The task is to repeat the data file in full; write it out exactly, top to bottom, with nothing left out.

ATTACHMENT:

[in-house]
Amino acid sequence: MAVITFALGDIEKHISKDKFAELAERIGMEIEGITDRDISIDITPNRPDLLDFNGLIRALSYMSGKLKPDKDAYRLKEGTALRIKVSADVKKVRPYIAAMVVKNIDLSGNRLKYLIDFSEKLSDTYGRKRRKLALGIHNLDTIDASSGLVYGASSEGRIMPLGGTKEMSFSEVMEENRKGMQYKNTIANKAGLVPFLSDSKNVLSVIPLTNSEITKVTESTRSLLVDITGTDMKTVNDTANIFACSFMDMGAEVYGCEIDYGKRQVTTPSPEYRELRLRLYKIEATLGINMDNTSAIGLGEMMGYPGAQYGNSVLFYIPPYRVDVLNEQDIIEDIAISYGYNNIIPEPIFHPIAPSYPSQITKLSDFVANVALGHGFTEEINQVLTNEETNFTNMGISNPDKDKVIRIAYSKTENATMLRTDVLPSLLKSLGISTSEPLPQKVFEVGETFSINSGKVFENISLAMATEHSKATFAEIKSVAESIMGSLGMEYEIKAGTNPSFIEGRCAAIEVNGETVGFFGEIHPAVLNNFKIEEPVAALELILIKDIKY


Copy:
[in-house]
Amino acid sequence: MAVITFALGDIEKHISKDKFAELAERIGMEIEGITDRDISIDITPNRPDLLDFNGLIRALSYMSGKLKPDKDAYRLKEGTALRIKVSADVKKVRPYIAAMVVKNIDLSGNRLKYLIDFSEKLSDTYGRKRRKLALGIHNLDTIDASSGLVYGASSEGRIMPLGGTKEMSFSEVMEENRKGMQYKNTIANKAGLVPFLSDSKNVLSVIPLTNSEITKVTESTRSLLVDITGTDMKTVNDTANIFACSFMDMGAEVYGCEIDYGKRQVTTPSPEYRELRLRLYKIEATLGINMDNTSAIGLGEMMGYPGAQYGNSVLFYIPPYRVDVLNEQDIIEDIAISYGYNNIIPEPIFHPIAPSYPSQITKLSDFVANVALGHGFTEEINQVLTNEETNFTNMGISNPDKDKVIRIAYSKTENATMLRTDVLPSLLKSLGISTSEPLPQKVFEVGETFSINSGKVFENISLAMATEHSKATFAEIKSVAESIMGSLGMEYEIKAGTNPSFIEGRCAAIEVNGETVGFFGEIHPAVLNNFKIEEPVAALELILIKDIKY